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Keywords:

  • tropospheric ozone;
  • long-range transport;
  • global chemistry transport model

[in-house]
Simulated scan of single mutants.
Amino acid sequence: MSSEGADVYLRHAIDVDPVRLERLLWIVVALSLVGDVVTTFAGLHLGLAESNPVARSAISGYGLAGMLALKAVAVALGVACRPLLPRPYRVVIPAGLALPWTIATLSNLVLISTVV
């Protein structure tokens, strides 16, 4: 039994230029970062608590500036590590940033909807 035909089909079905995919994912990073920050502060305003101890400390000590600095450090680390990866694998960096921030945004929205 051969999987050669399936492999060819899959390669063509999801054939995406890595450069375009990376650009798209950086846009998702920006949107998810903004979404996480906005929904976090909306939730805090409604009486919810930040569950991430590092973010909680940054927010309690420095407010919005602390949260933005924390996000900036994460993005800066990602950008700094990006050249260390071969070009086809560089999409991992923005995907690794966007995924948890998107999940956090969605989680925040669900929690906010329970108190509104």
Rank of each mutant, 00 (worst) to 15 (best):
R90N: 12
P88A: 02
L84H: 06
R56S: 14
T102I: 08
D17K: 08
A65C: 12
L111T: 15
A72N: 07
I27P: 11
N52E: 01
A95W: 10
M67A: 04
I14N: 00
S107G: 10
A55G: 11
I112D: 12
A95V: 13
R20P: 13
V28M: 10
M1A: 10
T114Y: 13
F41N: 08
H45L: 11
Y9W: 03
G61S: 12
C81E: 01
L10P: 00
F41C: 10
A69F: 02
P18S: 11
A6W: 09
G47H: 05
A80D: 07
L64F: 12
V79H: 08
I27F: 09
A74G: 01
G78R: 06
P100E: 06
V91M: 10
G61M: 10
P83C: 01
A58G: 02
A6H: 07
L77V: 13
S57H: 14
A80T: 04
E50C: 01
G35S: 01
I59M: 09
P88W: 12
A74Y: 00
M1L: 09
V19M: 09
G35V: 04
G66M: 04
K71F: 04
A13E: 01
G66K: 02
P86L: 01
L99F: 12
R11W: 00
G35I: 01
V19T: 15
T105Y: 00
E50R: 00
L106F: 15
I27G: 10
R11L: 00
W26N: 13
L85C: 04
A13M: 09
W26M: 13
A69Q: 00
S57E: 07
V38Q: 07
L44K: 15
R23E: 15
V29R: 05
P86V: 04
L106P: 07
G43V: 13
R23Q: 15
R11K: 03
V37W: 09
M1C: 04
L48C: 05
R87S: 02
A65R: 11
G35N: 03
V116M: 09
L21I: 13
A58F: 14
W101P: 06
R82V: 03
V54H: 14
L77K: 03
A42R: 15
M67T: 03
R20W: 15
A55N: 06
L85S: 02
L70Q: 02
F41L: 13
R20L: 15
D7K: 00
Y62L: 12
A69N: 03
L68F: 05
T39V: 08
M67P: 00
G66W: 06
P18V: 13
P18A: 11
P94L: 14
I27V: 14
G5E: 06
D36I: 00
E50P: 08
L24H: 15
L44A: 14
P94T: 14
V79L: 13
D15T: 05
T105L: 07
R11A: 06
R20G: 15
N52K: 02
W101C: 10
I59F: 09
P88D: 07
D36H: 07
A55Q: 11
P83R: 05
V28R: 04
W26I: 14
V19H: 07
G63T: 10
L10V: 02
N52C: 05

[1] We examine contributions from various source regions to global distributions and budgets of tropospheric ozone (O3) in the context of intercontinental transport, using tagged tracer simulation with a global chemical transport model. For tagging O3, we consider regional separation of the model domain on the basis of the distributions of O3 chemical production. We define 14 polluted source regions (14 tracers) in the boundary layer (North America, Europe, China, etc.) and 8 regions (8 tracers) in the free troposphere; O3 production in the remaining (remote) tropospheric region and O3 transport from the stratosphere are also tagged as separate tracers. O3 transport from the polluted source regions like North America, Europe, and Asia generally accounts for more than 40% of ozone abundances even in remote locations. O3 exports from boundary layer in China and Asian free troposphere are discerned through much of the Northern Hemisphere, suggesting significant and extensive impacts of eastern Asian pollution. In particular, O3 from Asian free troposphere plays the most important roles in distribution and seasonal variation of O3 in the middle-upper troposphere almost globally. In June–September, the model calculates a large O3 contribution (5–10 ppbv) from Asian free troposphere in the upper troposphere over the South Pacific associated with long-range interhemispheric transport from Asia to the southern midlatitudes (via the western Indian Ocean, Africa, and Atlantic) in the upper troposphere. O3 transported from biomass burning regions such as South America, Africa, and Australia widely distributes in the Southern Hemisphere. Our simulation demonstrates that there is a significant interhemispheric O3 transport from South America to the northern midlatitudes in the upper troposphere which reaches Japan, North Pacific, and the United States in conjunction with O3 export from North Africa. Our tagged O3 simulation estimates that the annual mean global tropospheric O3 burden, as calculated to be 344 Tg in this study, comes from chemical production in the source regions (48%) and in the remote regions (29%) and from stratosphere-troposphere exchange (23%).